Client: Guadalupe-Blanco River Authority (through subcontract with Arcadis US Inc.)
Location: Caldwell County, Texas
Challenge. Evaluate aquifer storage and recovery (ASR) as means of supplementing existing water supply sources to meet growing demands and during periods of drought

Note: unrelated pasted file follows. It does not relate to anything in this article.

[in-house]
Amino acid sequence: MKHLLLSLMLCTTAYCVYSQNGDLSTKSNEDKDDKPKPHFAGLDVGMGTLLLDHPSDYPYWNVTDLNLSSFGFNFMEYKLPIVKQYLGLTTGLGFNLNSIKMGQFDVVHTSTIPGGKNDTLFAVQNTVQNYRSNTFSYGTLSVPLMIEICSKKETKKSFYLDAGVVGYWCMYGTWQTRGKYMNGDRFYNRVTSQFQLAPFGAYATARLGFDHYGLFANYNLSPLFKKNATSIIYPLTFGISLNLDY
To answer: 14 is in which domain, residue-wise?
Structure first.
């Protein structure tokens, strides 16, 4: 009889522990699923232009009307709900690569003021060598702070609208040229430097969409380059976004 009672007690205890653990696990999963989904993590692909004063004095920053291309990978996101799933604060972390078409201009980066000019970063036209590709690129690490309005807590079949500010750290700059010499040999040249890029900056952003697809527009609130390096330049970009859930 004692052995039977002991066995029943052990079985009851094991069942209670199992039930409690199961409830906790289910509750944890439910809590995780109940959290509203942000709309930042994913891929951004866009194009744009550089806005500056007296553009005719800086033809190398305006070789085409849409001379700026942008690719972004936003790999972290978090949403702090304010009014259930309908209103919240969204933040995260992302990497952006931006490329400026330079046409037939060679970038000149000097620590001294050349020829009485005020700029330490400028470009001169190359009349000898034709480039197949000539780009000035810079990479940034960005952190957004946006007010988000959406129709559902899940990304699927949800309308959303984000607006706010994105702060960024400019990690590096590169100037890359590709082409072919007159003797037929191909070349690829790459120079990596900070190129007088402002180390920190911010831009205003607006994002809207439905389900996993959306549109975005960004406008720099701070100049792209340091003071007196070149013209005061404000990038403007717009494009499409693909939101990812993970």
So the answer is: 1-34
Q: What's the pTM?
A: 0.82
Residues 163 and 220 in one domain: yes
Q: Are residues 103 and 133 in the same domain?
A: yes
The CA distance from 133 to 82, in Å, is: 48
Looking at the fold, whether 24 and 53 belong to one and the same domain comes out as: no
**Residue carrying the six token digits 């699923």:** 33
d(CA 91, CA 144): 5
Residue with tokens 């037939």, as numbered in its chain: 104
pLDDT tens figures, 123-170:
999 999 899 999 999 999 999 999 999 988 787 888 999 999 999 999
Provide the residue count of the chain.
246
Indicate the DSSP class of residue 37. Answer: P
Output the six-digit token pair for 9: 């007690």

Solution. INTERA investigated using aquifer storage and recovery (ASR) to address three water supply options for the Guadalupe-Blanco River Authority that had firm yields ranging from 3,200 to 25,000 acre-feet/year. Based on geologic maps, subsurface cross-sections, well logs, pump test data, aquifer water chemistry, regional gradients, potential oilfield contamination, location of future demand centers, and proximity to current and planned infrastructure, we evaluated five sites for a potential ASR well field. Each of the sites was unique in relation to potential success, risks, and infrastructure development requirements. Due to the complex geology in Caldwell County, which includes numerous geological faults, steeply dipping geological formations, localized zones of contamination caused by leaking oil wells, and large contrasts in permeability among the geological formations, accurate aquifer characterization was critical to evaluating the potential ASR sites. To adequately define the highly variable hydrogeochemical conditions, INTERA analyzed over 400 geological logs, 100 aquifer pumping tests, and 200 wells with measured geochemistry to develop a geological/groundwater conceptual model for each ASR location. Where appropriate, we used results from groundwater flow models to evaluate the range of well injection and well withdrawal rates to design the ASR well network. To achieve the firm yield at each of the five sites, we developed preliminary costs for appropriate well fields, storage systems, pump stations, and conveyance pipelines. The five ASR sites were ranked in relation to each of the three water supply options, with annual costs for the options ranging from $2 to $4 per thousand gallons of water. INTERA provided recommendations for establishing ASR operations at each of the five sites that addressed issues that included permitting of groundwater wells, acquisition of future surface water permits, aquifer characterization, and ASR pilot testing.